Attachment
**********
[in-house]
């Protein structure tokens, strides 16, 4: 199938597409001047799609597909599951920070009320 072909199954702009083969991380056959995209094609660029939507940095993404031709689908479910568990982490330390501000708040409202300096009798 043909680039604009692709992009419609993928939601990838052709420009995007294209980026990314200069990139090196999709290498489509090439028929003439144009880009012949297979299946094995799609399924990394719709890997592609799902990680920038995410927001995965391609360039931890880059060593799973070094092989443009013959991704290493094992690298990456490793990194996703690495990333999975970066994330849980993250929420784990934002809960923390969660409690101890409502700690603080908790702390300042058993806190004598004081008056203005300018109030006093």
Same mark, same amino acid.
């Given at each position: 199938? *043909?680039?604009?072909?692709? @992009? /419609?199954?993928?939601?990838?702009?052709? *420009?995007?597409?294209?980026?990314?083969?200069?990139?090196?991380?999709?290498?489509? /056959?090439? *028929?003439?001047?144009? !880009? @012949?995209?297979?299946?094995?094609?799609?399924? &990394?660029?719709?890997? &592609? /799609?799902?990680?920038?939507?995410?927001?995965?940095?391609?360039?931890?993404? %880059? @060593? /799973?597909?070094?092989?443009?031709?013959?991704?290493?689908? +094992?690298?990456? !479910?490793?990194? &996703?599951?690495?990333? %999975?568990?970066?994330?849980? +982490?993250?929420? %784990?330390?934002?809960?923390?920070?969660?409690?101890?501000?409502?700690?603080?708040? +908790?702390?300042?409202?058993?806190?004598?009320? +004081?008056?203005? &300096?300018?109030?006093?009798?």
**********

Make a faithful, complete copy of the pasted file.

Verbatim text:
[in-house]
């Protein structure tokens, strides 16, 4: 199938597409001047799609597909599951920070009320 072909199954702009083969991380056959995209094609660029939507940095993404031709689908479910568990982490330390501000708040409202300096009798 043909680039604009692709992009419609993928939601990838052709420009995007294209980026990314200069990139090196999709290498489509090439028929003439144009880009012949297979299946094995799609399924990394719709890997592609799902990680920038995410927001995965391609360039931890880059060593799973070094092989443009013959991704290493094992690298990456490793990194996703690495990333999975970066994330849980993250929420784990934002809960923390969660409690101890409502700690603080908790702390300042058993806190004598004081008056203005300018109030006093």
Same mark, same amino acid.
């Given at each position: 199938? *043909?680039?604009?072909?692709? @992009? /419609?199954?993928?939601?990838?702009?052709? *420009?995007?597409?294209?980026?990314?083969?200069?990139?090196?991380?999709?290498?489509? /056959?090439? *028929?003439?001047?144009? !880009? @012949?995209?297979?299946?094995?094609?799609?399924? &990394?660029?719709?890997? &592609? /799609?799902?990680?920038?939507?995410?927001?995965?940095?391609?360039?931890?993404? %880059? @060593? /799973?597909?070094?092989?443009?031709?013959?991704?290493?689908? +094992?690298?990456? !479910?490793?990194? &996703?599951?690495?990333? %999975?568990?970066?994330?849980? +982490?993250?929420? %784990?330390?934002?809960?923390?920070?969660?409690?101890?501000?409502?700690?603080?708040? +908790?702390?300042?409202?058993?806190?004598?009320? +004081?008056?203005? &300096?300018?109030?006093?009798?």